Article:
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Updated Dec. 19, 2019: While internal condoms continue to be available by prescription only, the FDA in 2018 made some changes to how this HIV prevention tool is classified. Read more here.
Updated April 12, 2018: Veru Inc. has purchased the Female Health Company, which manufactures the FC2 Female Condom, the only internal condom available for sale and use in the U.S. Veru has changed how FC2s are distributed, and this product is no longer available on the shelves of pharmacies. The manufacturer has listed several ways customers can access this product. The company is still working with organizations to make FC2s available in local communities.
With the decision to carry the newest version of female condoms in 400 of its stores, Walgreens has become the first—and only—pharmacy chain to stock female condoms nationwide.
"This is a huge move forward in really raising the visibility of the product," said Jessica Terlikowski, co-founder and co-chair of the Chicago Female Condom Campaign. "I think it's really going to help with increasing acceptability and access."
The second generation of female condom, or FC2, is thinner and softer than its predecessor, which was created almost 20 years ago. FC2 manufacturers use a production process similar to the one used for male condoms, which creates a seamless, hypoallergenic product that allows for greater sensation.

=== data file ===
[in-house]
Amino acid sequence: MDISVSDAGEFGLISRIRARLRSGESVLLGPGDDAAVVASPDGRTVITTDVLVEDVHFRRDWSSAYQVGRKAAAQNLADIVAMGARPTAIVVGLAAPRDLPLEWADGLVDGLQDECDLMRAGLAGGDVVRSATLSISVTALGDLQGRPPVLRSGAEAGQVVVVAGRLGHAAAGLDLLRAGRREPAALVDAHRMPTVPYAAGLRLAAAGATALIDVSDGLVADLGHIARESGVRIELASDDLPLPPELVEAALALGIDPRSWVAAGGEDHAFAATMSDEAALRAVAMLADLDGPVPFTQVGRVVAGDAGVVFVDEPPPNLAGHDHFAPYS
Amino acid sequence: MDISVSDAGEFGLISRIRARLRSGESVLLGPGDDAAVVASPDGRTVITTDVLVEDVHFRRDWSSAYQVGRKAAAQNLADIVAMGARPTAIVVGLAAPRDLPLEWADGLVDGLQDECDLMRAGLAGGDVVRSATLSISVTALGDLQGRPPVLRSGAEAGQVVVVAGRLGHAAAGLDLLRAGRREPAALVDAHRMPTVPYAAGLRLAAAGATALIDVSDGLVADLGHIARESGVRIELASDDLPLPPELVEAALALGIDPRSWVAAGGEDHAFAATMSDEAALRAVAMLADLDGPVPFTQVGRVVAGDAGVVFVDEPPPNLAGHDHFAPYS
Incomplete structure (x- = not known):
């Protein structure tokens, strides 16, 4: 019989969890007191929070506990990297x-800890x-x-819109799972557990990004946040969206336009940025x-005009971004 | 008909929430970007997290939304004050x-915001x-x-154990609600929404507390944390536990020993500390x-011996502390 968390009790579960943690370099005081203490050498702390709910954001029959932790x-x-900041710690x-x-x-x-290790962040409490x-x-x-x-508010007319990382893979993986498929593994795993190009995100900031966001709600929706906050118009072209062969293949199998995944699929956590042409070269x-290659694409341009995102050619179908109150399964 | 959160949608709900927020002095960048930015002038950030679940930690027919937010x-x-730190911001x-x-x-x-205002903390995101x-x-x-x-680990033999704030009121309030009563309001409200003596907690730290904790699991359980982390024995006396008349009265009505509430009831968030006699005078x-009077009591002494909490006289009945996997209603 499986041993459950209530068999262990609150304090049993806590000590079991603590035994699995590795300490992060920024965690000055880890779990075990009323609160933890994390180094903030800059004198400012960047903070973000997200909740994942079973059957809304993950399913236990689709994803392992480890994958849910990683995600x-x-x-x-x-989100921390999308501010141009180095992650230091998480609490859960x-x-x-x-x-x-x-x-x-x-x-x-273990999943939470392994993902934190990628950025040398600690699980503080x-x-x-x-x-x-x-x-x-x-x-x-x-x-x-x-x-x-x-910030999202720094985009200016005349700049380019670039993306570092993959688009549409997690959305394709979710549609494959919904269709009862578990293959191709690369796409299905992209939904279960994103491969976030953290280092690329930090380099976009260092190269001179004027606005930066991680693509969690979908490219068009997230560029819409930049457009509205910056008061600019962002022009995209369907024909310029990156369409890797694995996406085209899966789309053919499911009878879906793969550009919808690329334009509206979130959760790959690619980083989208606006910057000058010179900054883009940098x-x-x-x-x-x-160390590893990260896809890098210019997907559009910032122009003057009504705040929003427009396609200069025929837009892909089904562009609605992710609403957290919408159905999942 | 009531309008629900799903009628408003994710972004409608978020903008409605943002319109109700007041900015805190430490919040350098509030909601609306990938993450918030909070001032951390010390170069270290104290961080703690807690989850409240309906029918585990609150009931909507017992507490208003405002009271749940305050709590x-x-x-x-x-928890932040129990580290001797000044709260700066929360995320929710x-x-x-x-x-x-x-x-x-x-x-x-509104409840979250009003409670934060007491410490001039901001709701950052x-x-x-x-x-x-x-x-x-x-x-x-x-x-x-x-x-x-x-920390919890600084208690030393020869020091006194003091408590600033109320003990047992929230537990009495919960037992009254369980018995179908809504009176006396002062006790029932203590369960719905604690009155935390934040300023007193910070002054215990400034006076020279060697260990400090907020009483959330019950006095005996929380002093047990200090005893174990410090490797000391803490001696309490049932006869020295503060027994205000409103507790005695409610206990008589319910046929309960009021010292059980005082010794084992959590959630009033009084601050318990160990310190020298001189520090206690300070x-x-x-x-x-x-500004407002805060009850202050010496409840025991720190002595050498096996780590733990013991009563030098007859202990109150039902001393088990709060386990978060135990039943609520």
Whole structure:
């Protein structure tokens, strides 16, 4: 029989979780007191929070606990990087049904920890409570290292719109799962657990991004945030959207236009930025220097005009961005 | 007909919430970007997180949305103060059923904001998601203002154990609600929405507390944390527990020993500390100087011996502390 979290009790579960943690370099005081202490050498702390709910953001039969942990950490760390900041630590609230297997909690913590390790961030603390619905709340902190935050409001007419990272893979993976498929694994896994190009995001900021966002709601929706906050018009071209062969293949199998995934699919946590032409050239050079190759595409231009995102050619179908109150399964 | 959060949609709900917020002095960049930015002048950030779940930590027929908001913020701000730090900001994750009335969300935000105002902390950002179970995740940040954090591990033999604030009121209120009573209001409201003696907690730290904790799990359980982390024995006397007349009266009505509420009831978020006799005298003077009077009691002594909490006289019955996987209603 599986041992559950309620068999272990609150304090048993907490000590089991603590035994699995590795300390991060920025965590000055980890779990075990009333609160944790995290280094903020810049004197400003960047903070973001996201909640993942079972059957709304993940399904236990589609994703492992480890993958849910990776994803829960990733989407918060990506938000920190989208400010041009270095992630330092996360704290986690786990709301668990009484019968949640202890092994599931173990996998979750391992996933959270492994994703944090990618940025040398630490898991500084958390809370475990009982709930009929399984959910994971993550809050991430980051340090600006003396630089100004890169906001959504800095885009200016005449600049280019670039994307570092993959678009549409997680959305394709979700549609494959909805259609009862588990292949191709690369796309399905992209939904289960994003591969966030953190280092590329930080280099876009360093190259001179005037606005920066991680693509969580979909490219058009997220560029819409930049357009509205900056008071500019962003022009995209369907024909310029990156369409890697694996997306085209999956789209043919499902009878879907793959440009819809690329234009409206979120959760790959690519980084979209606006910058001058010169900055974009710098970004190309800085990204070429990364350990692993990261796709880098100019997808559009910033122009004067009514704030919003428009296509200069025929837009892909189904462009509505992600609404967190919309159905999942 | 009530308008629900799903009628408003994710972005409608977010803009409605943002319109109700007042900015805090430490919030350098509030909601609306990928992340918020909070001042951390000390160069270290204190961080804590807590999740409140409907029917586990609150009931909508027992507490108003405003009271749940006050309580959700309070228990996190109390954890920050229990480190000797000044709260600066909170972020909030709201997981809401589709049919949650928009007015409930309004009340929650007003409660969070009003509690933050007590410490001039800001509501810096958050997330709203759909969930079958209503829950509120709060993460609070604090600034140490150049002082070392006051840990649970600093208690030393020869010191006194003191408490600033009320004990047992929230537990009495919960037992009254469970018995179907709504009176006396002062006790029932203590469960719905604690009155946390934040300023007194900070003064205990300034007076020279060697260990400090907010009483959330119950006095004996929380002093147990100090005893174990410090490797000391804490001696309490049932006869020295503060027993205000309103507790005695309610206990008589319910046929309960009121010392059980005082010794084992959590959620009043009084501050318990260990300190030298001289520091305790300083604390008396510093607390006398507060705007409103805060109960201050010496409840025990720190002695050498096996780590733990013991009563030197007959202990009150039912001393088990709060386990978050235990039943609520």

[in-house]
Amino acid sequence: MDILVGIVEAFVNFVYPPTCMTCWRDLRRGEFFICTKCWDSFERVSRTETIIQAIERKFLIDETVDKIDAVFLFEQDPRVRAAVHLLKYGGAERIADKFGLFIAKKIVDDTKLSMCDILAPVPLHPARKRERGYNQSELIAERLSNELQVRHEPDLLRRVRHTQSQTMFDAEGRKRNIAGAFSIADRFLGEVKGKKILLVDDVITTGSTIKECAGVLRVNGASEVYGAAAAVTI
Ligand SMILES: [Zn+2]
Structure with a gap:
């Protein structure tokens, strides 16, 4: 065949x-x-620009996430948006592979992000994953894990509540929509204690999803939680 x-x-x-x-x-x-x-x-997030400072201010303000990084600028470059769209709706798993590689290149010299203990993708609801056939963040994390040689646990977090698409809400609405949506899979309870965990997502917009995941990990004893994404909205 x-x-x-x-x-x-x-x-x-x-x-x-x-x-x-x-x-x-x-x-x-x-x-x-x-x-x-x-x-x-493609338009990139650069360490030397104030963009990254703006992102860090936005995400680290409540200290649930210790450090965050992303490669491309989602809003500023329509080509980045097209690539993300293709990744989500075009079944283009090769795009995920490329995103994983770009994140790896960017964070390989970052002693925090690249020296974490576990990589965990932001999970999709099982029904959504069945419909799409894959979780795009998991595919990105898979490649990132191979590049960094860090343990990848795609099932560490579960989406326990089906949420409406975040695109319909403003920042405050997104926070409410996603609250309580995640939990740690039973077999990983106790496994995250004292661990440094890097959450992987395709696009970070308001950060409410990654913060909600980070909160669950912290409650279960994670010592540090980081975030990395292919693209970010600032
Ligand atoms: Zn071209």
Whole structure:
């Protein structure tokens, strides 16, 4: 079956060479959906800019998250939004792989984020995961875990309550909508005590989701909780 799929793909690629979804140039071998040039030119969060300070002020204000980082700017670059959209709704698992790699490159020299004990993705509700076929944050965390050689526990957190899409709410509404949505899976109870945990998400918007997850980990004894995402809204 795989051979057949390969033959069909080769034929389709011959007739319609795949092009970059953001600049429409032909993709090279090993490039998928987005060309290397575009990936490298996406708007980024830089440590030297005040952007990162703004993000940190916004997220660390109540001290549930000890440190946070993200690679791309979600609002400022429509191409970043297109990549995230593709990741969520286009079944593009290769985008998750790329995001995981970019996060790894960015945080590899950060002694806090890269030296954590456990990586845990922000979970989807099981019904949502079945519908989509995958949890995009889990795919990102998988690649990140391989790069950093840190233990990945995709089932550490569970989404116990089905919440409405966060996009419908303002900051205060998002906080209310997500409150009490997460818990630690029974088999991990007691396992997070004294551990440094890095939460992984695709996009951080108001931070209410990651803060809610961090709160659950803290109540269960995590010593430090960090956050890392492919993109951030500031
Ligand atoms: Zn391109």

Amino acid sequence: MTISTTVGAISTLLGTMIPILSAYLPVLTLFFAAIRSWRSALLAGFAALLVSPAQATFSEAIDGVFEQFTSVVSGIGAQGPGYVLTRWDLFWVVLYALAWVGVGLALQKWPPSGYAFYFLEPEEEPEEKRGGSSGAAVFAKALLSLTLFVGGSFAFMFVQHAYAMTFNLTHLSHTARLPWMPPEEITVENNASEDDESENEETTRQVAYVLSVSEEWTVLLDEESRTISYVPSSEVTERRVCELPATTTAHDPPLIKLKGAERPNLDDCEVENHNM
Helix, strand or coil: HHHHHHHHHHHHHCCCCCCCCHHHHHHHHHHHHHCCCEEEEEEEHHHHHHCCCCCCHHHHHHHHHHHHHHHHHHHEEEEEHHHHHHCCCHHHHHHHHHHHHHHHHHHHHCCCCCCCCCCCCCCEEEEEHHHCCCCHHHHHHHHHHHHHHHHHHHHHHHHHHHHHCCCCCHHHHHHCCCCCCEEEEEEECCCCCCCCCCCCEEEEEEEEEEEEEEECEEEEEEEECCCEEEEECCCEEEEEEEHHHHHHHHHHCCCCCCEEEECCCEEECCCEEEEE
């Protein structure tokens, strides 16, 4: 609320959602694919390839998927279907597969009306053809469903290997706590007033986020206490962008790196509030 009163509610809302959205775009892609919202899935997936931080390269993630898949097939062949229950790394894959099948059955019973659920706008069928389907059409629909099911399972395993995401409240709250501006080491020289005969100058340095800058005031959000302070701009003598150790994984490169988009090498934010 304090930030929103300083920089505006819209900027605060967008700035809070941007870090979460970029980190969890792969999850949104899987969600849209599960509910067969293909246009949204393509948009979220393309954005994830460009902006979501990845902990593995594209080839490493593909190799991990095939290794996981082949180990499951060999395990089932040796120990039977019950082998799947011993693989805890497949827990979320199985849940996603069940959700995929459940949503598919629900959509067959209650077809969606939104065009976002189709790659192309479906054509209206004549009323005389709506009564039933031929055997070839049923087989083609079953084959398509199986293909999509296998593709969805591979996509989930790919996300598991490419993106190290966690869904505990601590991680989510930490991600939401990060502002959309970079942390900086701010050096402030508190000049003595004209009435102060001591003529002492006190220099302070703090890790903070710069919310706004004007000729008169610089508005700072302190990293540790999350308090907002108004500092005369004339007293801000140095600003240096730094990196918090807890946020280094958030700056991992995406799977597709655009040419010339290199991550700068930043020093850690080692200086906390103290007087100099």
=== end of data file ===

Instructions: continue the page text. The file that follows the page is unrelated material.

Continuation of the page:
"This is such an important tool for women and for men, for any receptive partner," Terlikowski said. "It enables them to initiate protection on their own, to make sure that they're able to take an important first step in reducing their risk of STIs and HIV." Terlikowski stressed that while the name might suggest otherwise, many people will find female condoms beneficial, as they can be used for both vaginal and anal sex.
A pack of three FC2 condoms retails between $5.99 and $7.99, which is about a third of the price of original female condoms. "The price point on the original was a bit high compared to what a male condom costs," said Glen Pietrandoni, manager of HIV and hepatitis programs at Walgreens. "But now this new product, the FC2, is more in line with what a male condom costs."
Activists hope the drastic price change will increase female condom usage and make it easier for healthcare professionals to stock the product. Terlikowski, who educates service providers throughout Chicago about the FC2, said she often piques people's interest and then can't direct them to an accessible product in a local store. Walgreens' decision will change that, she said.
Walgreens has almost 7,700 stores nationwide, and it's selling the FC2 in 400 of them—only about 5 percent. Pietrandoni said the decision is strategic. Not every community has a demand for female condoms, he said; those that do will stock FC2s. If demand changes over time, product distribution will, as well.
Although CVS stores in Washington D.C. currently stock the FC2, the chain does not carry them nationwide. Also, no other national pharmacy sells female condoms at a large scale.
"I'm hoping that by having Walgreens [carry the FC2] their leadership is going to inspire and encourage other corporate pharmacies to also step up to make a priority of increasing access," Terlikowski said. "We'll see female condoms being made available at more commercial outlets around the country."
Categorized under Advocacy.